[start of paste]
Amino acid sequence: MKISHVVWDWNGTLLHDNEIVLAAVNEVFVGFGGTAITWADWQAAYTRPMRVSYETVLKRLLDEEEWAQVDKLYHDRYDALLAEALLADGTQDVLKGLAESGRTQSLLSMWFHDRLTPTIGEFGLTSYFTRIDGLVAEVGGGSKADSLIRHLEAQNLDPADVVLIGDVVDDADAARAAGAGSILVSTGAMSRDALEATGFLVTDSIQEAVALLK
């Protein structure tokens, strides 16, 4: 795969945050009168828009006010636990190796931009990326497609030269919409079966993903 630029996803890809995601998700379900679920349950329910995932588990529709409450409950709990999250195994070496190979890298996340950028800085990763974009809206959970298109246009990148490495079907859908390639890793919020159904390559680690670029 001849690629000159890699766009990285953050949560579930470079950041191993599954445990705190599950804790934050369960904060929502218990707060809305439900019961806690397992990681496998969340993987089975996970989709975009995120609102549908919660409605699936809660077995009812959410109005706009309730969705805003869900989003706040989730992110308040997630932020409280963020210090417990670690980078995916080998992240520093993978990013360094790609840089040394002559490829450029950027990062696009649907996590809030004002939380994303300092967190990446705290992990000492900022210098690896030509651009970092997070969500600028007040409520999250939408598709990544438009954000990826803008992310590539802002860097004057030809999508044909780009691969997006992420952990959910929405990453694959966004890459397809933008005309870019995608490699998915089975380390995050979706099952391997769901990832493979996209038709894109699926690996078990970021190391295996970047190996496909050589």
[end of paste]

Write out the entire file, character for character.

Amino acid sequence: MKISHVVWDWNGTLLHDNEIVLAAVNEVFVGFGGTAITWADWQAAYTRPMRVSYETVLKRLLDEEEWAQVDKLYHDRYDALLAEALLADGTQDVLKGLAESGRTQSLLSMWFHDRLTPTIGEFGLTSYFTRIDGLVAEVGGGSKADSLIRHLEAQNLDPADVVLIGDVVDDADAARAAGAGSILVSTGAMSRDALEATGFLVTDSIQEAVALLK
């Protein structure tokens, strides 16, 4: 795969945050009168828009006010636990190796931009990326497609030269919409079966993903 630029996803890809995601998700379900679920349950329910995932588990529709409450409950709990999250195994070496190979890298996340950028800085990763974009809206959970298109246009990148490495079907859908390639890793919020159904390559680690670029 001849690629000159890699766009990285953050949560579930470079950041191993599954445990705190599950804790934050369960904060929502218990707060809305439900019961806690397992990681496998969340993987089975996970989709975009995120609102549908919660409605699936809660077995009812959410109005706009309730969705805003869900989003706040989730992110308040997630932020409280963020210090417990670690980078995916080998992240520093993978990013360094790609840089040394002559490829450029950027990062696009649907996590809030004002939380994303300092967190990446705290992990000492900022210098690896030509651009970092997070969500600028007040409520999250939408598709990544438009954000990826803008992310590539802002860097004057030809999508044909780009691969997006992420952990959910929405990453694959966004890459397809933008005309870019995608490699998915089975380390995050979706099952391997769901990832493979996209038709894109699926690996078990970021190391295996970047190996496909050589």